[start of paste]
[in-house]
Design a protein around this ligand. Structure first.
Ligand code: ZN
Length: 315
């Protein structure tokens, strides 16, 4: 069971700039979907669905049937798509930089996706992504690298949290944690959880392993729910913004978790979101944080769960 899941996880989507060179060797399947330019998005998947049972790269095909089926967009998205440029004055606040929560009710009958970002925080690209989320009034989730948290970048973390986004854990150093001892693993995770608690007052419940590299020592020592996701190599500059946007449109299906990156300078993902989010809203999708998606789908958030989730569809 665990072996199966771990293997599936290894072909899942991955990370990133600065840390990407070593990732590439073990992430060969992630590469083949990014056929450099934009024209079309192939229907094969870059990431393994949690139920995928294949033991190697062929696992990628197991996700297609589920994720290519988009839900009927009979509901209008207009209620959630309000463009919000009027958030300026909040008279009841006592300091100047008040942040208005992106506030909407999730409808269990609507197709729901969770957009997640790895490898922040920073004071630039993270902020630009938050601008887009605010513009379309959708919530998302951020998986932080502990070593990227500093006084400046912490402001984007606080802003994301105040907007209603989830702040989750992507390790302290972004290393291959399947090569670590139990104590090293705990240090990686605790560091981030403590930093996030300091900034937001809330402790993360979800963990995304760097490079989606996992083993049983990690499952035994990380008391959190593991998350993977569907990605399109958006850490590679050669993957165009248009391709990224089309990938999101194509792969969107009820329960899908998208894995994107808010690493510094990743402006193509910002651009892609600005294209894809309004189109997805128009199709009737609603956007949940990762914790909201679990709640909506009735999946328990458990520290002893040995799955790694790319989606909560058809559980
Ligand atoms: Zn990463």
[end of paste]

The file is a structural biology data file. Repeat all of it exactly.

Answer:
[in-house]
Design a protein around this ligand. Structure first.
Ligand code: ZN
Length: 315
């Protein structure tokens, strides 16, 4: 069971700039979907669905049937798509930089996706992504690298949290944690959880392993729910913004978790979101944080769960 899941996880989507060179060797399947330019998005998947049972790269095909089926967009998205440029004055606040929560009710009958970002925080690209989320009034989730948290970048973390986004854990150093001892693993995770608690007052419940590299020592020592996701190599500059946007449109299906990156300078993902989010809203999708998606789908958030989730569809 665990072996199966771990293997599936290894072909899942991955990370990133600065840390990407070593990732590439073990992430060969992630590469083949990014056929450099934009024209079309192939229907094969870059990431393994949690139920995928294949033991190697062929696992990628197991996700297609589920994720290519988009839900009927009979509901209008207009209620959630309000463009919000009027958030300026909040008279009841006592300091100047008040942040208005992106506030909407999730409808269990609507197709729901969770957009997640790895490898922040920073004071630039993270902020630009938050601008887009605010513009379309959708919530998302951020998986932080502990070593990227500093006084400046912490402001984007606080802003994301105040907007209603989830702040989750992507390790302290972004290393291959399947090569670590139990104590090293705990240090990686605790560091981030403590930093996030300091900034937001809330402790993360979800963990995304760097490079989606996992083993049983990690499952035994990380008391959190593991998350993977569907990605399109958006850490590679050669993957165009248009391709990224089309990938999101194509792969969107009820329960899908998208894995994107808010690493510094990743402006193509910002651009892609600005294209894809309004189109997805128009199709009737609603956007949940990762914790909201679990709640909506009735999946328990458990520290002893040995799955790694790319989606909560058809559980
Ligand atoms: Zn990463």